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Shepherd of the Valley Summer Lunch Program: Sharing Meals, Breaking Barriers

By Geoff Kirsch

For Tari Stage-Harvey, pastor at Shepherd of the Valley Church in the Mendenhall Valley, the mission is clear.

“We want to make sure every kid in Juneau who’s hungry, eats. Period.”

To that end, Shepherd of the Valley heads into the fourth year of its highly successful and steadily growing drop-in Summer Lunch Program, supported by a Community Impact Grant from the United Way of Southeast Alaska, which provides free lunch and activities during summer break to neighborhood you—“those who benefit from free lunch during the school year and those who benefit from being around other youth and away from electronics during the summer.”

The ten-week program, which begins this year on June 8, feeds not only elementary, middle, and high school stomachs, but also minds. For from noon to 1:30 pm each weekday, Shepherd of the Valley’s Summer Lunch Program provides a rotating menu of healthy meals—“protein-heavy, lots of veggies”—as well as one organized activity.

“We do gardening, cooking, science—it’s chaos, but it’s a blast,” Stage-Harvey says. “We also have a reading room, where we pair up younger kids with older kids to just sit and read. They really seem to love it.”

During the Summer Lunch Program’s 2012 inaugural year, Stage-Harvey estimates she’d see anywhere between three and 20 children on any given morning, varying widely. This year, she expects 45 a day, every day.

Part of the reason for this increase owes to Shepherd of the Valley’s approach, which emphasizes looking for obstacles and finding practical ways to overcome them.

“One obstacle, of course, is that some people are suspicious of anything having to do with a church,” Stage-Harvey says. “But with our Summer Lunch Program, there’s no proselytizing, no hidden agenda; we just want to help.”

To ease trepidation, and also raise community awareness for the program in general, Shepherd of the Valley kicks things off with a “bike rodeo” from 4-6 pm the Sunday afternoon before the Summer Lunch Program begins. This year, the bike rodeo takes place June 7, in the Shepherd of the Valley parking lot (a nice big flat place to ride a bike, by the way).  

Another obstacle relates to transportation—how do you safely, effectively and inexpensively get 45 children to and from a lunch program?

Shepherd of the Valley’s answer: “bike chaperones,” a team of trained middle and high school volunteers who accompany younger kids to the Summer Lunch Program and back home again.

“We get a lot of bike chaperones who come to help, but sometimes it’s obvious they’re hungry, too,” says Stage-Harvey of the serendipitous secondary benefit. “Volunteering takes away some of the stigma of asking for help.”

Of course, the Summer Lunch Program represents only one portion of Shepherd of the Valley’s larger work toward ending hunger in the local community, a problem Stage-Harvey believes is more serious than people may think.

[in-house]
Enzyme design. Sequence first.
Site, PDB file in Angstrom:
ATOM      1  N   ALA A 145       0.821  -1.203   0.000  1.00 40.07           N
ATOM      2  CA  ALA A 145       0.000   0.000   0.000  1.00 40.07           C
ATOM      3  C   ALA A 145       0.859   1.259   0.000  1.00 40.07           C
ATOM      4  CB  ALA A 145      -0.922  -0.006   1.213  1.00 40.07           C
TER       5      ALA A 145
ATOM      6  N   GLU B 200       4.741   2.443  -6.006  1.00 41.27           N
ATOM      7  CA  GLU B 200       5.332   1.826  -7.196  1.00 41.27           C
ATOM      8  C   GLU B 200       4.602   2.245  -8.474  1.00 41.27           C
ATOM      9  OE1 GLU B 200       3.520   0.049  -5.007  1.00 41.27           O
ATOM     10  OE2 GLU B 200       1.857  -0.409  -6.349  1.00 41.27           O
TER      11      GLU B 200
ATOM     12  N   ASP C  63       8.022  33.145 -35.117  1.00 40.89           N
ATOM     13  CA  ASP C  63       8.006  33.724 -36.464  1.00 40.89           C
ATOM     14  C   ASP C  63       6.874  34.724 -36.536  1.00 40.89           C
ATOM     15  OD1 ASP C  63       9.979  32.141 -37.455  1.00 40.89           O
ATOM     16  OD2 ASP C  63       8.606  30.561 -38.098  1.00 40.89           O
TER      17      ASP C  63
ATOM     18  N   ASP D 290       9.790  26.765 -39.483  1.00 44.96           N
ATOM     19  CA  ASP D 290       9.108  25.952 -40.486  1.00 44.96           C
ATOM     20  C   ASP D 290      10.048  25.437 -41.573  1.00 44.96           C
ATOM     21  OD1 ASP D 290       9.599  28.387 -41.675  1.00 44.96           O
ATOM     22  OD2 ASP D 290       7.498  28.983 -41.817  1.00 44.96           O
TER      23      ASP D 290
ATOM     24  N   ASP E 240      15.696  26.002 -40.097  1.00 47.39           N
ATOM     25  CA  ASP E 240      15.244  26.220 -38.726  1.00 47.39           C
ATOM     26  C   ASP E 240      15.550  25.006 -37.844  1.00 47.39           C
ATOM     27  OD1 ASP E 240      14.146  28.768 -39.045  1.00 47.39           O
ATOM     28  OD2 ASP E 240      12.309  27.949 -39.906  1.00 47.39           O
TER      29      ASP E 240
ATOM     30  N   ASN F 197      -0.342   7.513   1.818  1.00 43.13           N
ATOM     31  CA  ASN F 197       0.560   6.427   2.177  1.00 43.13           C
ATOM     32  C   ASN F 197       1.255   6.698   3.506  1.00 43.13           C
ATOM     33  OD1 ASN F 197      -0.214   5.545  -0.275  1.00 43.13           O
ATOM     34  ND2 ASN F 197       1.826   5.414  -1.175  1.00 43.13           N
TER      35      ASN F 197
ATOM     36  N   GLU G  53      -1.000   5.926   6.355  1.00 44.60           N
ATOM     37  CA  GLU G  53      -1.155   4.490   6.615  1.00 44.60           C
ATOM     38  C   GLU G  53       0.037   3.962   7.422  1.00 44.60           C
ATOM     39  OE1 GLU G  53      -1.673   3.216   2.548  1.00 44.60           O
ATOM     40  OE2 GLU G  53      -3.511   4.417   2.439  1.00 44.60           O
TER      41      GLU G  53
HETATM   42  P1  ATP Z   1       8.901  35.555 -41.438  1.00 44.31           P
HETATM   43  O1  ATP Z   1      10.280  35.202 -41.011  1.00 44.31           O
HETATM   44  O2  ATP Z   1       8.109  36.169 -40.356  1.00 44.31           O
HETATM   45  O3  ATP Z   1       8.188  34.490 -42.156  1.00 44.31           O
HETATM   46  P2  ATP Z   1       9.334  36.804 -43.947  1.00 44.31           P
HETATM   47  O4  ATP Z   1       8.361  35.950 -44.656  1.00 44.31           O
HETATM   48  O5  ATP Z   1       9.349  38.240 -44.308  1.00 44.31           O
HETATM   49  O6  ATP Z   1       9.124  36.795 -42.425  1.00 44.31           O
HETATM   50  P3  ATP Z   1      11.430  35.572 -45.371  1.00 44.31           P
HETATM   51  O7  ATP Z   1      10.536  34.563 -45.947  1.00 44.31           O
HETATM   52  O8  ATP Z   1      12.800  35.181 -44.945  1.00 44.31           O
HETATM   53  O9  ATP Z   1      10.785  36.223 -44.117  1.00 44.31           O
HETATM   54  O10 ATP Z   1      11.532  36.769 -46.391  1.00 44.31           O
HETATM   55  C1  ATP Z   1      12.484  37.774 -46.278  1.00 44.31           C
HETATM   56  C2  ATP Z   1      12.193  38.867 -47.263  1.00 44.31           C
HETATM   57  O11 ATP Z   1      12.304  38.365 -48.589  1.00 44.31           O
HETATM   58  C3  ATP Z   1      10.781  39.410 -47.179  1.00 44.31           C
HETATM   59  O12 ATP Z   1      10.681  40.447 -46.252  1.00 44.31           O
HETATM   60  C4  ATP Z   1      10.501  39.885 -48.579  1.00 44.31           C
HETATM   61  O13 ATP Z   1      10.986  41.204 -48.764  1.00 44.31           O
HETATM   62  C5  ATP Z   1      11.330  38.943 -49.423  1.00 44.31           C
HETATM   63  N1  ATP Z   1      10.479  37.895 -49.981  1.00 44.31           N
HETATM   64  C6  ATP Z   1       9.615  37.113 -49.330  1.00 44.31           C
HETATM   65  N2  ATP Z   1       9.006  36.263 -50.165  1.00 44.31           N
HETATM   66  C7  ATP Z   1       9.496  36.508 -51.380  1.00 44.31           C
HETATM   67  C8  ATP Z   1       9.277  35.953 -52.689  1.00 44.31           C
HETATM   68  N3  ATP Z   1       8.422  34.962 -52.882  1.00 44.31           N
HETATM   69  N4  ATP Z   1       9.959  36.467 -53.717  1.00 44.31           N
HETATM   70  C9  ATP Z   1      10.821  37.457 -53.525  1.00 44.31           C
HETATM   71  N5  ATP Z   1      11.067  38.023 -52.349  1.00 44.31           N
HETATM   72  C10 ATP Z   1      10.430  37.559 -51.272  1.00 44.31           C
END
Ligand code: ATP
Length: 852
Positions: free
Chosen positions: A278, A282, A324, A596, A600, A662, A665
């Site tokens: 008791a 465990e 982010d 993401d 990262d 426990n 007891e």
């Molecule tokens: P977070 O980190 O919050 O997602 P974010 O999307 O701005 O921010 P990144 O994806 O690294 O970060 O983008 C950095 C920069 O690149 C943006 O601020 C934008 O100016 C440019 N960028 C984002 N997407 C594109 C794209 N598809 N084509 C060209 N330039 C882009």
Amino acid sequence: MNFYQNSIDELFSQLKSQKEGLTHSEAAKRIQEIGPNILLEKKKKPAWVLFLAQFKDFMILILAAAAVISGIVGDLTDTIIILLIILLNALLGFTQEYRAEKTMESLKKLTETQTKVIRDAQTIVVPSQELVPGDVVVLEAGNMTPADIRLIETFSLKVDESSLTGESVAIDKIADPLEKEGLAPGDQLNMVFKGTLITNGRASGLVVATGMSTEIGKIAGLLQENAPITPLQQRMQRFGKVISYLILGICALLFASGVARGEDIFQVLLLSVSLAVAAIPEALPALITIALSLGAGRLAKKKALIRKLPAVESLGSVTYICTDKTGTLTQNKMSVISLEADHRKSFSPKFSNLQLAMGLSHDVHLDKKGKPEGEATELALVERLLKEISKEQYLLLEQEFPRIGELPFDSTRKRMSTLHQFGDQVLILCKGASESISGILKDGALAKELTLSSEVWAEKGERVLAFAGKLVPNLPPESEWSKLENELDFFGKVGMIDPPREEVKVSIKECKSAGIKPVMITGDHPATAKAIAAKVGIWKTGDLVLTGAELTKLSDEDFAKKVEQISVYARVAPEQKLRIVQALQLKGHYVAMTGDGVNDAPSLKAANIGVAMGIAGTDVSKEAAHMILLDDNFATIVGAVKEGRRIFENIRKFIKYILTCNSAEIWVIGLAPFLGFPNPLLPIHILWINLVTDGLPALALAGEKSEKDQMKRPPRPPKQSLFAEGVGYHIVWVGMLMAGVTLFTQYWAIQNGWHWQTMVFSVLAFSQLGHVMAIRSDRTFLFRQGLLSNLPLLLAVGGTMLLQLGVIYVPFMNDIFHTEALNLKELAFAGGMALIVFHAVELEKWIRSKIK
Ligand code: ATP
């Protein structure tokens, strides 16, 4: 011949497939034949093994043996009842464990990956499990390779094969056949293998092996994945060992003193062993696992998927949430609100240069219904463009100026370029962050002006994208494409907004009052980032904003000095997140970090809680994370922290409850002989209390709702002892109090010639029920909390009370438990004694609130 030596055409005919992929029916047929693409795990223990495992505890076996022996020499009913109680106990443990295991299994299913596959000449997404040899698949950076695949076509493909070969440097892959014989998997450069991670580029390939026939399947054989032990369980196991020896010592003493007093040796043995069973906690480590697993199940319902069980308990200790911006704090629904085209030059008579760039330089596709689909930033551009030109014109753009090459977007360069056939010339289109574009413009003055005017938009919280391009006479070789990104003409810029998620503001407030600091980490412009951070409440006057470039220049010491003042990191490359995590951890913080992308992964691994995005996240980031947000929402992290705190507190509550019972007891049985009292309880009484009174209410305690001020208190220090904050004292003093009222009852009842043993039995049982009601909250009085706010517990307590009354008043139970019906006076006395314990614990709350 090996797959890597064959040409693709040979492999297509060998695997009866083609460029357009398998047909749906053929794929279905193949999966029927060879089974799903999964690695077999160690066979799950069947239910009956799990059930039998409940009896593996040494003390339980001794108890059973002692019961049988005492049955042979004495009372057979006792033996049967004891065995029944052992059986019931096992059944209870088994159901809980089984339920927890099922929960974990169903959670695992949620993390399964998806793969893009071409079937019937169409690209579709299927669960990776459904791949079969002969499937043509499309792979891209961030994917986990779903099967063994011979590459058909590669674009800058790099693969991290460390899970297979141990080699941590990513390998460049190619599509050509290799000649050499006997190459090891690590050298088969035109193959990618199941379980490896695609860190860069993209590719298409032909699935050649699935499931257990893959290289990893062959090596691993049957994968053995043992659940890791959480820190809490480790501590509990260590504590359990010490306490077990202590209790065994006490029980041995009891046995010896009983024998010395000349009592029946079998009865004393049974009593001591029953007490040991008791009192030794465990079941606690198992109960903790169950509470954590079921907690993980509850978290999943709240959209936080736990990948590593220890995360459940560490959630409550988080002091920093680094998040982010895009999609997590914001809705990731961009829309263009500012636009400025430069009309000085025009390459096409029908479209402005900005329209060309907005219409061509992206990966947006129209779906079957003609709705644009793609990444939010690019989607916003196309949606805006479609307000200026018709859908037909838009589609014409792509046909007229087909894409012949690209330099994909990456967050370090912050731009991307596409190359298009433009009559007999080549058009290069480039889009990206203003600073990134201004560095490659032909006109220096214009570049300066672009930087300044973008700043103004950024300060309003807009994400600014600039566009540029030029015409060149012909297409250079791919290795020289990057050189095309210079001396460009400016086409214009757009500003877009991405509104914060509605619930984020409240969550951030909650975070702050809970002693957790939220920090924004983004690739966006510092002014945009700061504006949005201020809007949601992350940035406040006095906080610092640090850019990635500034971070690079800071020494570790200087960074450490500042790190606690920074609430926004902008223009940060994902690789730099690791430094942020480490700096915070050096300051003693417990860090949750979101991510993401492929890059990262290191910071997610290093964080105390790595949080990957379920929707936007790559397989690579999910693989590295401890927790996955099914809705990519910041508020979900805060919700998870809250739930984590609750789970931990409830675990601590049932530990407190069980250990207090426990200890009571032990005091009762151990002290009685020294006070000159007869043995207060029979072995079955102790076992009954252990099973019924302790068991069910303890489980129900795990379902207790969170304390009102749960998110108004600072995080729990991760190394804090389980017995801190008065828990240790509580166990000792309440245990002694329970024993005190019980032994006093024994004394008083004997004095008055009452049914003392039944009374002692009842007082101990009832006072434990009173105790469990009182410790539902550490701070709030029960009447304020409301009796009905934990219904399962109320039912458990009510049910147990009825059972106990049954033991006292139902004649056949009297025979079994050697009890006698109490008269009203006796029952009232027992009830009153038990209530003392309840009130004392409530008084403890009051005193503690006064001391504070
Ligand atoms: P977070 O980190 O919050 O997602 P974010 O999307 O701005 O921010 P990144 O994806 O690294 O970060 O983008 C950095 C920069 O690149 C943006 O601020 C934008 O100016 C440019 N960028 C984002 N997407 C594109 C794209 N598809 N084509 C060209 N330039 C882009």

“One of the gifts of living in Juneau: our neighborhoods are economically diverse. However, that disqualifies us for certain federal food programs,” she says. “Right now, we’ve got about half the emergency rations we need. And that’s before whatever state and city budget cuts are coming.”

To that end, not only does Shepherd of the Valley maintain its own independent food pantry; it also meets each month with United Way and the other food agencies in town to identify “food gaps” and then coordinate an efficient response to those gaps.

“We bring folks to the table, so to speak,” she says of this united effort to ensure the whole city is fed, every meal, every day. “That’s a gift of having limited resources: you learn to work together.”

To Stage-Harvey the largest gaps remain summer—“food pantries are slammed June through August”—weekends and breakfast.

“We don’t have everyone covered, not yet,” she says with characteristic optimism. “But we’re working on it.”

Shepherd of the Valley’s Summer Lunch Program exemplifies the kind of teamwork it takes to end community hunger. Staffed by 12-14 volunteers a day—“a lot of teachers, actually, and quite a few retirees”—it also employs two paid positions: a kitchen and cleanup organizer/overseer and a recreation specialist, both of whom Stage-Harvey characterize as integral to the program’s success.

“In addition to the cost of the food, itself, being able to hire paid staff creates a more sustainable program,” she says, crediting the Community Impact Grant’s support in these areas.

“Partnering with the United Way also raises the program’s profile, and that really increases the likelihood of wider community involvement.

Interested potential volunteers for the Summer Lunch Program can email Shepherd of the Valley at sov@alaska.net or stop by the bike rodeo. Note: all volunteers must first pass a background check.

“When we share a meal together, we share more than just food,” Stage-Harvey says of a concept she terms “meal fellowship.” “We share company. We share stories. We break down our barriers. We relate to each other.”

To learn more about United Way and its partner agencies, visit www.unitedwayseak.org.